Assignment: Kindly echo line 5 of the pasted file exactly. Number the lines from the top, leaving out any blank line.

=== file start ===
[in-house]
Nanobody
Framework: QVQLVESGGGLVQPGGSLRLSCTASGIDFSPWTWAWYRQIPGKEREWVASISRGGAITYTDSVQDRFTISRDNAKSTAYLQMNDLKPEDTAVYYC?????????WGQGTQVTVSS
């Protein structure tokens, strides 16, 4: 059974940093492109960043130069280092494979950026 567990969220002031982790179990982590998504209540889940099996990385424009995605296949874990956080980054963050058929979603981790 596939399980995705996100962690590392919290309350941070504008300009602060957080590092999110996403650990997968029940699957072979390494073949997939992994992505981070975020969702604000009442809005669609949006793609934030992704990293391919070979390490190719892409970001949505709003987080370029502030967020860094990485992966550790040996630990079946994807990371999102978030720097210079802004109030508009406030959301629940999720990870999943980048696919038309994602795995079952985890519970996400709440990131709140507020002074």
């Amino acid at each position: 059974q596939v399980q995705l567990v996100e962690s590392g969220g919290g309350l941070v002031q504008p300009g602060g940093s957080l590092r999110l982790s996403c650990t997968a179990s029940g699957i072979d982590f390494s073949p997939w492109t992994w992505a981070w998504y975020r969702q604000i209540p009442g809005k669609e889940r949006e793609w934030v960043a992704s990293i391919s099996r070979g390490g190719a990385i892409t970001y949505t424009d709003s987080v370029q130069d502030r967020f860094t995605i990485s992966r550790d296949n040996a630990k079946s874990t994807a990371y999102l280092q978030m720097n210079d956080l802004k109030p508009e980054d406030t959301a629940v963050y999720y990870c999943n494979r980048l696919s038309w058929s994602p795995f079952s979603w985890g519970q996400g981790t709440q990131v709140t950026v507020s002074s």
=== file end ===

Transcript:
């Amino acid at each position: 059974q596939v399980q995705l567990v996100e962690s590392g969220g919290g309350l941070v002031q504008p300009g602060g940093s957080l590092r999110l982790s996403c650990t997968a179990s029940g699957i072979d982590f390494s073949p997939w492109t992994w992505a981070w998504y975020r969702q604000i209540p009442g809005k669609e889940r949006e793609w934030v960043a992704s990293i391919s099996r070979g390490g190719a990385i892409t970001y949505t424009d709003s987080v370029q130069d502030r967020f860094t995605i990485s992966r550790d296949n040996a630990k079946s874990t994807a990371y999102l280092q978030m720097n210079d956080l802004k109030p508009e980054d406030t959301a629940v963050y999720y990870c999943n494979r980048l696919s038309w058929s994602p795995f079952s979603w985890g519970q996400g981790t709440q990131v709140t950026v507020s002074s």